debug1: /home/[me]/.ssh/config line 24: Applying options for *
debug1: Reading configuration data /etc/ssh/ssh_config
debug1: /etc/ssh/ssh_config line 19: Applying options for *
debug1: Connecting to [remote_ip] [[remote_ip]] port [port].
debug1: Connection established.
debug1: identity file /home/[me]/.ssh/[private_key] type 2
debug1: Checking blacklist file /usr/share/ssh/blacklist.DSA-1024
debug1: Checking blacklist file /etc/ssh/blacklist.DSA-1024
debug1: identity file /home/[me]/.ssh/[private_key]-cert type -1
debug1: Remote protocol version 2.0, remote software version OpenSSH_5.9p1 Debian-5ubuntu1.1
debug1: match: OpenSSH_5.9p1 Debian-5ubuntu1.1 pat OpenSSH_5*
debug1: Enabling compatibility mode for protocol 2.0
debug1: Local version string SSH-2.0-OpenSSH_6.1p1 Debian-4
debug1: SSH2_MSG_KEXINIT sent
debug1: SSH2_MSG_KEXINIT received
debug1: kex: server->client aes128-ctr hmac-md5
debug1: kex: client->server aes128-ctr hmac-md5
debug1: sending SSH2_MSG_KEX_ECDH_INIT
debug1: expecting SSH2_MSG_KEX_ECDH_REPLY
debug1: Server host key: [key]
debug1: checking without port identifier
debug1: Host '[remote_ip]' is known and matches the ECDSA host key.
debug1: Found key in /home/[me]/.ssh/known_hosts:7
debug1: found matching key w/out port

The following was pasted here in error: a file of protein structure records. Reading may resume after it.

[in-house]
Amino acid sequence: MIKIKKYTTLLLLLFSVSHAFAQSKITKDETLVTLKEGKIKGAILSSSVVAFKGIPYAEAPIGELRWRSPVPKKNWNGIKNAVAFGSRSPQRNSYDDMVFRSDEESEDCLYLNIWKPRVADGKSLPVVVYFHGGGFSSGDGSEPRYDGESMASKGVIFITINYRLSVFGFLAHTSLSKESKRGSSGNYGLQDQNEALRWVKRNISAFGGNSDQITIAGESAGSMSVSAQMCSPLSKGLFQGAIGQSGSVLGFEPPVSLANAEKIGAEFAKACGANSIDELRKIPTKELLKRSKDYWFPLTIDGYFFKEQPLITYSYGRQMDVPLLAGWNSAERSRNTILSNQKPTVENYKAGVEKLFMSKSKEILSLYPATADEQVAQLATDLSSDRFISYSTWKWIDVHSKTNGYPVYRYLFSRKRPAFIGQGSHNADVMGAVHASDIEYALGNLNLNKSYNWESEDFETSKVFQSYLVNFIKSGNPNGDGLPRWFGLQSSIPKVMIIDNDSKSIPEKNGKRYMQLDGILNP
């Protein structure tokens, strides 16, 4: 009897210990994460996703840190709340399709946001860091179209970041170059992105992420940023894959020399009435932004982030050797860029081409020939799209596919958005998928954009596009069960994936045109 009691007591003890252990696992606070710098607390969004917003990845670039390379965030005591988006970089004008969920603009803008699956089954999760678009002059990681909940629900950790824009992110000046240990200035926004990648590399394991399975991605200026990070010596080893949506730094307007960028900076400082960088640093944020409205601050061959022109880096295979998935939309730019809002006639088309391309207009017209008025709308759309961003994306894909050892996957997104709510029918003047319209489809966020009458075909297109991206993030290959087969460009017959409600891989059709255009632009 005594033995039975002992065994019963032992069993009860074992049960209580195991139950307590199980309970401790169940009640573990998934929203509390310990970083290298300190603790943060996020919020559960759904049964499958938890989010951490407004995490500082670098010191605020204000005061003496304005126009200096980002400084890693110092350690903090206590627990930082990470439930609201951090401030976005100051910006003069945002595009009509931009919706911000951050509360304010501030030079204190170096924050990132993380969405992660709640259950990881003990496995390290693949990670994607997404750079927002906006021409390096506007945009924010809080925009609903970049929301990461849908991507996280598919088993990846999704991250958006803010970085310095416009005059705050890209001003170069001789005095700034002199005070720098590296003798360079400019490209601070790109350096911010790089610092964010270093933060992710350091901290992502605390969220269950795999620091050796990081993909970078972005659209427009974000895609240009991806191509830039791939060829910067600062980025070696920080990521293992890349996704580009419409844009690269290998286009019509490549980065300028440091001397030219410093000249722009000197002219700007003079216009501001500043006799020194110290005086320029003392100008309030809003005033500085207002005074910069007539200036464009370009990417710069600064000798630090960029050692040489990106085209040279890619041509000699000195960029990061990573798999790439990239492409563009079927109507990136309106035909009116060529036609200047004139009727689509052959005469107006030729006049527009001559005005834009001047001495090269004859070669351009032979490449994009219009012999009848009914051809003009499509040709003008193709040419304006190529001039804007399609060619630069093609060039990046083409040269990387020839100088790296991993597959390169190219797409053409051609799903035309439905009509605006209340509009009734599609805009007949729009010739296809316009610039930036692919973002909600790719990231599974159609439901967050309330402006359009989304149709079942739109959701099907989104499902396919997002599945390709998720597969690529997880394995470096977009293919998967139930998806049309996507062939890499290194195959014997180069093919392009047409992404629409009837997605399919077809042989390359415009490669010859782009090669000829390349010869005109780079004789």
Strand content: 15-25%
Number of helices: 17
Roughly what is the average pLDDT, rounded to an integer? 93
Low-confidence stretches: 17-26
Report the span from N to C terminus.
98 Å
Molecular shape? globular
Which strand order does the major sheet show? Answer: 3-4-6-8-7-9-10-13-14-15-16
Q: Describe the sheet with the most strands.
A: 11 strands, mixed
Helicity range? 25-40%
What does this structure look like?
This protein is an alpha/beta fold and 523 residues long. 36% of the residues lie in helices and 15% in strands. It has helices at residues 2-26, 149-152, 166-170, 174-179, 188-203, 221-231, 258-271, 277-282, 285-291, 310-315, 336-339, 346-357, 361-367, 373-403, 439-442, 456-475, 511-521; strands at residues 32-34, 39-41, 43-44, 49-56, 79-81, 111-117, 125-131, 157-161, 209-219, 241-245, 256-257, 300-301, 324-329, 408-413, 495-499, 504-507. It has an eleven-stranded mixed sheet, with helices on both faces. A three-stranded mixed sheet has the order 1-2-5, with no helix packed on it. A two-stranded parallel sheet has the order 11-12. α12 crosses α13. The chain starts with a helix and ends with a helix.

debug1: ssh_ecdsa_verify: signature correct
debug1: SSH2_MSG_NEWKEYS sent
debug1: expecting SSH2_MSG_NEWKEYS
debug1: SSH2_MSG_NEWKEYS received
debug1: Roaming not allowed by server
debug1: SSH2_MSG_SERVICE_ACCEPT received
debug1: Authentications that can continue: publickey,password
debug1: Next authentication method: publickey
debug1: Offering DSA public key: /home/[me]/.ssh/[private_key]
debug1: Server accepts key: pkalg ssh-dss blen 433
debug1: Enabling compression at level 6.
debug1: Authentication succeeded (publickey).
Authenticated to [remote_ip] ([[remote_ip]]:[port]).
debug1: channel 0: new [client-session]
debug1: Requesting
debug1: Entering interactive session.
debug1: Sending environment.
debug1: Sending env LANG = en_GB.UTF-8
debug1: Sending env LC_CTYPE = en_GB.UTF-8
Welcome to Ubuntu 12.04.3 LTS (GNU/Linux 3.10.9-xxxx-std-ipv6-64 x86_64)

I found the problem. I was trying to mount the remote location to /mnt/new_dir using sudo. If I mount to a location within my local home then it works. sshfs -p [port] [user]@[ip]:/ /home/[me]/tmp/mount.

I have now done a sudo chown root:fuse /mnt/new_dir and sudo chmod 774 /mnt/new_dir and I believe that all's working as intended.

Are there any security issues with this set up that I need to be aware of? (My own user and root are the only members of of the fuse group.

share|improve this question